At this point, the webpage variable holds the full textual (code) script that builds what the user sees on their internet browser. More specifically, the .get function prompts an initialization of a Response object when url is requested from the client/computer. Then the .text function of that Response object captures the textual representation of the web page/Response.
The second step is to extract parts of this web page with the BeautifulSoup module.
First we import the module and initialize the BeautifulSoup object (call it pageSoup). It will be initialized based on webpage from previous step. Then we use the functionality of the BeautifulSoup module/object and extract the first headline and subheadline that show up on the page with .select.
Remember when we were orienting ourselves around page seven of the insPRESS article listing web page, we made the observation that the headline is embedded within the <h4 class=”headline media-heading“> tag under the <div class=”media-body“> tag. Preceding the class name with a “.” (and replacing spaces with them too) captures the element with that class name. The way we have two class names passed there means we want the second element that’s hierarchically below the first element. (Note: If we only want the second element that’s directly under the first, we use ‘.className1 < .className2’. (For more selection criteria, see appendix at end of this blog.)
Furthermore, remember when we were orienting ourselves around page seven of the insPRESS article listing web page, there were about twelve articles listed on that page. The .select function here actually generates a list of twelve tag elements, each accounting for an article shown on the page. To retrieve the text from the first one, we add “.getText().” The second and third articles would be  and , so on and so forth. The code below shows the raw text that’s retrieved and saved into our firstHL and firstSHL variables.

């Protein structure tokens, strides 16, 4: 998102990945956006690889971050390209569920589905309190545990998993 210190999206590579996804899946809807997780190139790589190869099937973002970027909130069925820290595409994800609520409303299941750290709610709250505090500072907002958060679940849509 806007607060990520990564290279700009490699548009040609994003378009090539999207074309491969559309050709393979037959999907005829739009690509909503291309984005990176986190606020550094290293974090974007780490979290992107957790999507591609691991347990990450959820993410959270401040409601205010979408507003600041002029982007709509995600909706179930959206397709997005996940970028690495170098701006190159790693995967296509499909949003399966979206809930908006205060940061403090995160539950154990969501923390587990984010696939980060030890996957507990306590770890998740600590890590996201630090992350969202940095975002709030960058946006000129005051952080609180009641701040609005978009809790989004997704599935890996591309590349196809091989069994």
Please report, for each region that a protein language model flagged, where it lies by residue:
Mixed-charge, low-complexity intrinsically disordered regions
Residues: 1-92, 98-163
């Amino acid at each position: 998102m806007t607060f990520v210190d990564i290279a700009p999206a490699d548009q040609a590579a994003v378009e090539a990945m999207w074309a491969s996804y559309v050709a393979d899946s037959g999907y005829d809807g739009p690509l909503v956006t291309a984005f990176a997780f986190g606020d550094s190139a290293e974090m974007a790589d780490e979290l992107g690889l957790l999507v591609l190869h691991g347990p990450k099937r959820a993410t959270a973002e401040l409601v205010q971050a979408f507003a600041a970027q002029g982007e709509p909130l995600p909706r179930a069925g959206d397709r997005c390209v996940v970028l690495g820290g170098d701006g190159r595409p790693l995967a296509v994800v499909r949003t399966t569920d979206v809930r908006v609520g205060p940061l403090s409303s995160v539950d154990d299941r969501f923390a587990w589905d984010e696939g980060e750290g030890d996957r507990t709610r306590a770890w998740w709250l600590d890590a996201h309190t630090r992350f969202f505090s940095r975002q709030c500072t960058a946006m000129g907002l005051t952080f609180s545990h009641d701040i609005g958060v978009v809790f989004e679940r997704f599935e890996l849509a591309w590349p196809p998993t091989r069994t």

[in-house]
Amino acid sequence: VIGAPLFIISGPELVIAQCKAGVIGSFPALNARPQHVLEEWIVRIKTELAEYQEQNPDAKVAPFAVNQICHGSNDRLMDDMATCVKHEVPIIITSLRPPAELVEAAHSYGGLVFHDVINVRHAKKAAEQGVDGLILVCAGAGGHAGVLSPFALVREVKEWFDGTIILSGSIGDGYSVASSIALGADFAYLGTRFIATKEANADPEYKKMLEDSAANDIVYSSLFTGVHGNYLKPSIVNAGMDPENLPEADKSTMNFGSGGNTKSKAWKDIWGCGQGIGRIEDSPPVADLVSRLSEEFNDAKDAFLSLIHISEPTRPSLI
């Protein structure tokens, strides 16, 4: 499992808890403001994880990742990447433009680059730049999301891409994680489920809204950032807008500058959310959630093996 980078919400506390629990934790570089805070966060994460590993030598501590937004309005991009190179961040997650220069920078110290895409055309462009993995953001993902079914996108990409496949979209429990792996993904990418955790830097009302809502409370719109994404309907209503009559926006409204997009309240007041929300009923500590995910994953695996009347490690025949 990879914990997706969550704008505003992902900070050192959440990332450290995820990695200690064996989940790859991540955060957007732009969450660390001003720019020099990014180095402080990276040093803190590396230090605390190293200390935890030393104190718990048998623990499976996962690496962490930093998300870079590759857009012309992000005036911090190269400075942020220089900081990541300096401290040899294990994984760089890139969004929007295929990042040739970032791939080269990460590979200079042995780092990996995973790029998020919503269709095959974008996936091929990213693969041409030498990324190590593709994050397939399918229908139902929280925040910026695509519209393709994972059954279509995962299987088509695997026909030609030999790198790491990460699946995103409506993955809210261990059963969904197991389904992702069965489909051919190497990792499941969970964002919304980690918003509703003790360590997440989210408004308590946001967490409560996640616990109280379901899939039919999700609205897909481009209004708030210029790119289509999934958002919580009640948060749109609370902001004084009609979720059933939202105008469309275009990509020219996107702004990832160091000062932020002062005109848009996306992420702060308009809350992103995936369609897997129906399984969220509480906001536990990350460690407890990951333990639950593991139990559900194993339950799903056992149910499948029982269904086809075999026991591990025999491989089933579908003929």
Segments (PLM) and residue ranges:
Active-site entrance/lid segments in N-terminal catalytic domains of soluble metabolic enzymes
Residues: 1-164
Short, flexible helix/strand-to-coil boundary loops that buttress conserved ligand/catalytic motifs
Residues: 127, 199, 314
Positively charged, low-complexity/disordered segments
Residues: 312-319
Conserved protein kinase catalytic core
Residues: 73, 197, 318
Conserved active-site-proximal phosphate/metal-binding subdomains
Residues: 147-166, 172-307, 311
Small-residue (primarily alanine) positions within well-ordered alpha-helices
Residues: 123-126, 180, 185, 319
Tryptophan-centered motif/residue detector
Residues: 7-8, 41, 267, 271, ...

Well, that concludes webscraping with Python using BeautifulSoup… but wait! What about the other eleven articles on that page? What about all the other pages with dozens of articles? What are those “\n”s and why are there so many spaces? How do I pick out just the date and who the article was by? How will we build a consumable data set to analyze?!!
Cleaning the Data
Well, these are all the unknowns I knew would somehow sneak up if I were to skip straight to the webscraping section of the book. Thankfully, I took extra time to read about and practice control statements, working with lists vs tuples, string manipulation and regular expressions, and reading and writing files, all in Python. The following is high-level pseudocode for how I completed this task end-to-end. My solution (CAUW_PRSS_Scrape function) takes in the number of pages desired to collect insPRESS headlines and subheadlines from, and outputs a .csv file containing the headline, date and the author of each article.
The complete code is published on GitHub. Below is the actual result after calling the CAUW_PRSS_Scrape function.
(Edit: Read my follow up article here, where I analyze this article headline data.)
Moving on to the second example: collecting box score team stats from every regular season NFL game in 2017. Again, lets get ourselves familiar with the website we’d like to scrape.
Just as we did on Canadian Underwriter, we make some necessary observations about the web page we’d like to scrape data from: